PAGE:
Capital markets can help remove the most severe obstacle firms face in Vietnam

This page in:

Quang owns a small fruit processing company in Da Nang.  Business has been good, and he is contemplating expansion beyond Vietnam.  Yet, after visiting many banks, he has not been able to secure an additional credit line.  This is the story of many entrepreneurs in Vietnam who have identified access to credit as the most severe obstacle to doing business, more than taxes, more than corruption and more than skills.

Figure 1:  Access to finance is the most severe obstacle for businesses 

Source: World Bank enterprise survey, 2016.

Part of the reason is lack of options, as the only potential source available to them are commercial banks.  While the banking sector has been extremely generous with big firms, including state-owned enterprises and privileged clients, it has proved more difficult for small- and medium-size firms (SMEs). Only 29 percent of enterprises in Vietnam report using credit from a bank to finance their investment needs, compared to 35 percent in Malaysia or 52 percent in high-income economies. The main problem is not in the cost of financing but the banks’ unwillingness to take risks with smaller clients without traditional forms of collateral, primarily land.  Moreover, loans from banks are typically short term and are not suited to the ambitions of SME entrepreneurs keen to invest in equipment to expand their businesses. As a result, it is estimated that only one-fifth of the bank’s credit portfolio is allocated to small and medium firms in Vietnam. 

The latest World Bank economic report on Vietnam Taking Stock asserts that the country could finance its transition to a higher-income economy by unlocking the potential of its capital markets. Today, despite a rapid expansion over the past few years, Vietnam’s capital markets, measured by the total value of bonds and equities, is approximately equal to the country’s GDP, which is far from the levels reached in Thailand (154 percent of GDP) and Malaysia (219 percent of GDP).

Figure 2:  Vietnam’s capital market is 1.5 and 2.2 times smaller than in Thailand and Malaysia, 2018

Source: World Bank.

Only a few private firms have raised funds through the capital markets in Vietnam.  On the bond market, the main actor has the government.  The value of public bonds is approximately three times higher than the value of those issued by private firms (mostly banks and insurance companies). However, it should be recognized that many domestic firms have used private placements that are, by definition, hard to measure. On the equity market, the concentration is even bigger, as only two companies (Techcombank and Vinhomes) accounted for two-thirds of total issuances in 2018.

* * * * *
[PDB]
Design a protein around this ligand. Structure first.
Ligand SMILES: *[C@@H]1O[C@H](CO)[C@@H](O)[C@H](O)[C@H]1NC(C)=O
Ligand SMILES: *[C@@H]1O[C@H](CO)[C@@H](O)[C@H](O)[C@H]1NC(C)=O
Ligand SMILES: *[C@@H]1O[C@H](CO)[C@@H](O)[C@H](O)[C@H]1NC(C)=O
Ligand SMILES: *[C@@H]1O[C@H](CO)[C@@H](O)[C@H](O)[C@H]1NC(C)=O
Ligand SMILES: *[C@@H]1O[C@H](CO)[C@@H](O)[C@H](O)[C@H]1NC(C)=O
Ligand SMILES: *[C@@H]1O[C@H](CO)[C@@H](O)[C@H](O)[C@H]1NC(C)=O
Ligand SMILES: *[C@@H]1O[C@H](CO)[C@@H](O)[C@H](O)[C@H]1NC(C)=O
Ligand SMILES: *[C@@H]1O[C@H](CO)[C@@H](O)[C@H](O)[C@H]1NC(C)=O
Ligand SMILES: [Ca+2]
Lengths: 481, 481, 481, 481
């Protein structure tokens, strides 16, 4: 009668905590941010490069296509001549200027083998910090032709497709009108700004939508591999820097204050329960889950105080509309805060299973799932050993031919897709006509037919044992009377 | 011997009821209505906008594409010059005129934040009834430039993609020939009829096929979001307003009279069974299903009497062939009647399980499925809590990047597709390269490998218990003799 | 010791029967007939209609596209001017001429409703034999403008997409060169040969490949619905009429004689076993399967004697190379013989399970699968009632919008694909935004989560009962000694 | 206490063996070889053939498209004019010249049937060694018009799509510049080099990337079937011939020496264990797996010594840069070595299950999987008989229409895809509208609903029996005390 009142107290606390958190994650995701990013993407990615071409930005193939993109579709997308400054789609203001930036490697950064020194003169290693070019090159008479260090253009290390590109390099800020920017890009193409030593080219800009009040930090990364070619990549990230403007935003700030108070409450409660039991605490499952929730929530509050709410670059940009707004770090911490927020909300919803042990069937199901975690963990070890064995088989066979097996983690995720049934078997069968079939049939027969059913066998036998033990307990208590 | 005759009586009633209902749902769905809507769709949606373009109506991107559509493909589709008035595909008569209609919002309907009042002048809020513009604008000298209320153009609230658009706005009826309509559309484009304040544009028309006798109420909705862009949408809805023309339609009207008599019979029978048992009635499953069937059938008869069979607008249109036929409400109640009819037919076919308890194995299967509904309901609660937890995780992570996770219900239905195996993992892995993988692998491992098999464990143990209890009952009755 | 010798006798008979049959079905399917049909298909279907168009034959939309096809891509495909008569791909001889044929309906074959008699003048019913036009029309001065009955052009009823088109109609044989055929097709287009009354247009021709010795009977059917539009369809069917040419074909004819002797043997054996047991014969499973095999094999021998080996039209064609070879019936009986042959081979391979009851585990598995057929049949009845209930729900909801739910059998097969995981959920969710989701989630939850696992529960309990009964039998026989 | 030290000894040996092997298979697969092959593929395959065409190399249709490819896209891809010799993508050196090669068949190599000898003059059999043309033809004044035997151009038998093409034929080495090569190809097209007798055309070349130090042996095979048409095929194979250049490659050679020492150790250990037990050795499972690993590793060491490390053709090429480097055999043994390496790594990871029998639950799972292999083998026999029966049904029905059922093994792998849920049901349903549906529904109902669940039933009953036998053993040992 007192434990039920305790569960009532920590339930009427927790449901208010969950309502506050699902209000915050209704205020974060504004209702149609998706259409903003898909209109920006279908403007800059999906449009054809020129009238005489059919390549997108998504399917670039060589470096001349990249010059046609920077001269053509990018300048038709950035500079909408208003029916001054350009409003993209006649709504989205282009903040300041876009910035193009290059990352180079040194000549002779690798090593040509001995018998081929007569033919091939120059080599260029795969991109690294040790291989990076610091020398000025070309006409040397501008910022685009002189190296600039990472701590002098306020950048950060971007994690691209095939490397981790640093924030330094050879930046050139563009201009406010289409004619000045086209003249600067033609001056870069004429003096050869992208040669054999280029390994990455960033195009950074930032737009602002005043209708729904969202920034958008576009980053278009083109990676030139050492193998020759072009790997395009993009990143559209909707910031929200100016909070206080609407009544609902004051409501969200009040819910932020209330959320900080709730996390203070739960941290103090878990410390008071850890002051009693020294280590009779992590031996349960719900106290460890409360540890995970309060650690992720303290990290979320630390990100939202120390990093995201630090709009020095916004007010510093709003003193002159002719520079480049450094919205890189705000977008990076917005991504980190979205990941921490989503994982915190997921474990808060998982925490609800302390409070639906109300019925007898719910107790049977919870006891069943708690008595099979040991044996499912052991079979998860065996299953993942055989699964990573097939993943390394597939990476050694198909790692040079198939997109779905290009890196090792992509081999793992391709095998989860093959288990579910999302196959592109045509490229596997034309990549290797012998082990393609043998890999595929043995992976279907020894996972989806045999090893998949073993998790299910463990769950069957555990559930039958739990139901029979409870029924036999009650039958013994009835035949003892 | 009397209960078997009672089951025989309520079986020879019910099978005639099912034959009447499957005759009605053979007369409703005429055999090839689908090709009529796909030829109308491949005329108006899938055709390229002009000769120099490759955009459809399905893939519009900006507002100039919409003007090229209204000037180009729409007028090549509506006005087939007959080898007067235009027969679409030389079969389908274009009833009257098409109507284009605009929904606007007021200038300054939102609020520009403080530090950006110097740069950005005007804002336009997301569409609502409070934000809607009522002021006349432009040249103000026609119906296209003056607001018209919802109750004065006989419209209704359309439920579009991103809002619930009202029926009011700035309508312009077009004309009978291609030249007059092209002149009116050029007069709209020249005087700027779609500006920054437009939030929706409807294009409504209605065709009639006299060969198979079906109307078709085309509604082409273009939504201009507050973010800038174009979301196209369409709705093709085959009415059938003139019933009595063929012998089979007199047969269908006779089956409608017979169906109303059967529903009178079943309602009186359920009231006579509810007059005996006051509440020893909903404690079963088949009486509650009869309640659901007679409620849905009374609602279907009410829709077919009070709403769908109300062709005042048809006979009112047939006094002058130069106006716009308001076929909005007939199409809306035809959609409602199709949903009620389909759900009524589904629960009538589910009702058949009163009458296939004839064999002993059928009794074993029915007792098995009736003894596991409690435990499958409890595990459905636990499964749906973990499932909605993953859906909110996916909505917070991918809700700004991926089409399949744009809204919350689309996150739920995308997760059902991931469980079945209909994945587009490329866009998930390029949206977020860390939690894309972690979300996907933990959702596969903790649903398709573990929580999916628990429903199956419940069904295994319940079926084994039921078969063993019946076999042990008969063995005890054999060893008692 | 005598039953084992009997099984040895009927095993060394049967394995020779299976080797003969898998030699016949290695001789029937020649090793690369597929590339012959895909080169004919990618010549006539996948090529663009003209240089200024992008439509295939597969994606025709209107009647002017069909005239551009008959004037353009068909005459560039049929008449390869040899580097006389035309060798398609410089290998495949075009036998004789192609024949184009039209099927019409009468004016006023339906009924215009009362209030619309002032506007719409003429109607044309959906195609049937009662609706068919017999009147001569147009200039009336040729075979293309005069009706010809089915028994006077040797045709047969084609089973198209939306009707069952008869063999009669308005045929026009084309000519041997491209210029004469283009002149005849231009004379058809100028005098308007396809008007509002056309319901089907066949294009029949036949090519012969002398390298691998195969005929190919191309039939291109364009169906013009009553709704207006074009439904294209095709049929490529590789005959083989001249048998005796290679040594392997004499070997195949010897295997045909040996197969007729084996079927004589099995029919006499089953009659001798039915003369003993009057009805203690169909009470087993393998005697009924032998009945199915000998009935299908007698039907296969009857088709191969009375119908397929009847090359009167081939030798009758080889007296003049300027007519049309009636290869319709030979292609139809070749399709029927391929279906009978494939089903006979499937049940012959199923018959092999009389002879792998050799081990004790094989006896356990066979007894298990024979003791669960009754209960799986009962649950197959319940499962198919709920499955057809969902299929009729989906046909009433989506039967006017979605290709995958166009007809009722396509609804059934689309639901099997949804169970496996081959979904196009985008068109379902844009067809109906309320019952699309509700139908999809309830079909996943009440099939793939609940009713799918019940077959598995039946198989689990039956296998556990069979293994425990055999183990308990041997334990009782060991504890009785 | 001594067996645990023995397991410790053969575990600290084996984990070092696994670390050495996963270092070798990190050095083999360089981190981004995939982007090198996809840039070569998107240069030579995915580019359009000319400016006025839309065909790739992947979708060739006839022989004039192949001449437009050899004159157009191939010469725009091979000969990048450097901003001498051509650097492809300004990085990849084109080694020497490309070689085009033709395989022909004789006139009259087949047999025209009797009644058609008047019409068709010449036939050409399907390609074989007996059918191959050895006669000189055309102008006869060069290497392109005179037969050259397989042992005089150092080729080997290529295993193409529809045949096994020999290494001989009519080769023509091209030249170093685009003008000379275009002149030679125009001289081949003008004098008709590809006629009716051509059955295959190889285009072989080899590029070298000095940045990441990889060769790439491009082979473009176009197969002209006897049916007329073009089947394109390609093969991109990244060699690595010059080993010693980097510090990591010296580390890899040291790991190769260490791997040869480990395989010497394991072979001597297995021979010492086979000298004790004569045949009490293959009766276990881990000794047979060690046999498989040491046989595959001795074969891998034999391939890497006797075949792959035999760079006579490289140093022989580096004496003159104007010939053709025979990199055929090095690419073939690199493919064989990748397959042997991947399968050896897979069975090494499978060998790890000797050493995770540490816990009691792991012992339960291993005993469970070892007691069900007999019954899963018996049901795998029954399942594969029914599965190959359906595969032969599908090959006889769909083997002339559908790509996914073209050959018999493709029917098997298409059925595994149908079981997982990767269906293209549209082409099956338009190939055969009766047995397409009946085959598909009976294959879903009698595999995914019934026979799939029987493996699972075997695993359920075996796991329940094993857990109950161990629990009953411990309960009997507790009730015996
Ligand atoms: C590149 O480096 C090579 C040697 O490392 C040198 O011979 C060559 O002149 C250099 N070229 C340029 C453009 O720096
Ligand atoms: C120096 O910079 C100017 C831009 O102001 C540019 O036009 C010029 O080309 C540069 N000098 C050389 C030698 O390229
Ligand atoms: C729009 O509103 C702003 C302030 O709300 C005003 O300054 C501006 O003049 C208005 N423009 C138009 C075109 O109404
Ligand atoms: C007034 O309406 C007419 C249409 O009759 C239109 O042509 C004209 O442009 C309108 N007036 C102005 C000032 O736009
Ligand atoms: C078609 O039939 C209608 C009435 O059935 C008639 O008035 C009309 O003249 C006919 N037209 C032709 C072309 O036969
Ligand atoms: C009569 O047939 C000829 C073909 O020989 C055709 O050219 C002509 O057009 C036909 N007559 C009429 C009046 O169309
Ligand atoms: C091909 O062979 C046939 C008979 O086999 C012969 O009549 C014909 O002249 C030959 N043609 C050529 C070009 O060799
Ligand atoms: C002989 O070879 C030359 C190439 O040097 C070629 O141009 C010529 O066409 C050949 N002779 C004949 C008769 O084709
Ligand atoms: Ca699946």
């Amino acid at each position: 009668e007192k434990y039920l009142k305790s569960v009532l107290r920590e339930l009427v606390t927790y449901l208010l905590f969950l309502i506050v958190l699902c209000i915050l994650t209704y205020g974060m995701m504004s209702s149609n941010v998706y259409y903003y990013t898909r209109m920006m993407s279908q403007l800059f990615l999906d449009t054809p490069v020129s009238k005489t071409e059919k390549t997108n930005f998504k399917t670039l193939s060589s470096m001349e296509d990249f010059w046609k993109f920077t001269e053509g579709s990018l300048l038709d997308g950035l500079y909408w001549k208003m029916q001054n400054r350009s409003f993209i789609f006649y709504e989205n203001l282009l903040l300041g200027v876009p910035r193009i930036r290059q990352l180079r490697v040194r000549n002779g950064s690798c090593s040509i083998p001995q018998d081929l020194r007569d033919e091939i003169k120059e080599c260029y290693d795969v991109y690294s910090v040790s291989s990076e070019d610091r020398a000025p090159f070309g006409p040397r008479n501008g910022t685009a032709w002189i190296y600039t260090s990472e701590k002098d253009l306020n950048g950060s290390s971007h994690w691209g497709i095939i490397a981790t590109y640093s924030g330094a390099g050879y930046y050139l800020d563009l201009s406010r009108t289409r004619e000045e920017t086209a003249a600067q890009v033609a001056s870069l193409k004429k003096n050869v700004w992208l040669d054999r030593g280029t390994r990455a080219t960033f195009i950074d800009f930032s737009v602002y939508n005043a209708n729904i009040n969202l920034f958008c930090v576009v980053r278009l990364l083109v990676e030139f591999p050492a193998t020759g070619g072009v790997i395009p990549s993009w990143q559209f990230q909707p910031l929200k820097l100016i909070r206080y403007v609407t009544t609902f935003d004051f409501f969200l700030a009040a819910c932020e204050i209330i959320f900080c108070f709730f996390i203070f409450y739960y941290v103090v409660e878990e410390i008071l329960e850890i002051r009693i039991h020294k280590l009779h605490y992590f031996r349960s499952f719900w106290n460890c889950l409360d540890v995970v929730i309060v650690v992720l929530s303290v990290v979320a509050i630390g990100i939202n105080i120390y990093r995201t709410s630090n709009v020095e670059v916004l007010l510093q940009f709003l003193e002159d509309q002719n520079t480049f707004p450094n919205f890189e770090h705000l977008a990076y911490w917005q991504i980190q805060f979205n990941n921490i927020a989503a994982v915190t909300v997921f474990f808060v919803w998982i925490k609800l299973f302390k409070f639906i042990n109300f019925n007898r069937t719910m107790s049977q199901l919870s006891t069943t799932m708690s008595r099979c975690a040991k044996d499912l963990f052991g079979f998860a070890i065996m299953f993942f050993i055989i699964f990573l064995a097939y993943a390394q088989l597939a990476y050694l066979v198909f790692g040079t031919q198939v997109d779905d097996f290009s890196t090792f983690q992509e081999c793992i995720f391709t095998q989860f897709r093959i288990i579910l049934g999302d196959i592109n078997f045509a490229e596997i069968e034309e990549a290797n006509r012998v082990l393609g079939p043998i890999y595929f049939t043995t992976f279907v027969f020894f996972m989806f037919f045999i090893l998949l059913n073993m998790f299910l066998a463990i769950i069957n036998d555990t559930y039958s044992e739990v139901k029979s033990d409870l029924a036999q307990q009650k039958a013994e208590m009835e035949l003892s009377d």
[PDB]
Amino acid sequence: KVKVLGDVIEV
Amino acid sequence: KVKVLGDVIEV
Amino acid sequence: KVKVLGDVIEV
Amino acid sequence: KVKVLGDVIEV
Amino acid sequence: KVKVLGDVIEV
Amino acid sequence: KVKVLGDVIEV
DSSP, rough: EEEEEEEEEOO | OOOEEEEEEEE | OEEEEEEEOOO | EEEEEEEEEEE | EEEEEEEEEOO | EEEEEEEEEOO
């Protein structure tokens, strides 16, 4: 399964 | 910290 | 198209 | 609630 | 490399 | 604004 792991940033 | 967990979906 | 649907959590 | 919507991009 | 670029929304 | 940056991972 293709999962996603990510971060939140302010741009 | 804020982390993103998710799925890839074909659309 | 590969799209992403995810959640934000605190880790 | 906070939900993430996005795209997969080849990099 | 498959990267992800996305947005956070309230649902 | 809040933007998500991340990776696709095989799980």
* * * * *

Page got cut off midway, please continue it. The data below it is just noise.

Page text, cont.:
For Vietnam, the challenge of unlocking capital markets to finance private firms will require improving the rules of the game. These are very important to incentivize both issuers and investors, as well as to manage risks.  For example, disclosure practices must be improved by aligning them with international best practices. The establishment of a credit rating agency should help guarantee quality information to investors, including foreign investors, paving the way toward the inclusion of Vietnam in regional and global bond and equity indexes. Broadening the domestic investor base is also important as insurance and pension funds (including Vietnam Social Security Fund) could channel their savings into productive capital and achieve higher returns to fund their longer-term liabilities, as is the current practice in many countries around the world.  

If Vietnam could address all of these obstacles and its capital market development were to rise to the level currently reported in countries like Thailand and Malaysia, this could release up to $100 billion in new funding. These new funds would in turn help many SMEs, including the one owned by Quang in Da Nang, so they could innovate, develop new markets, and hire new workers. The potential returns of unleashing capital markets are very high and could help realize the country’s quest to reach high-income status in the foreseeable future.  


Jacques Morisset

Lead Economist and Program Leader, World Bank

Alwaleed Alatabani

Practice Manager, Finance, Competitiveness and Innovation (FCI), East Africa

Join the Conversation

The content of this field is kept private and will not be shown publicly
Remaining characters: 1000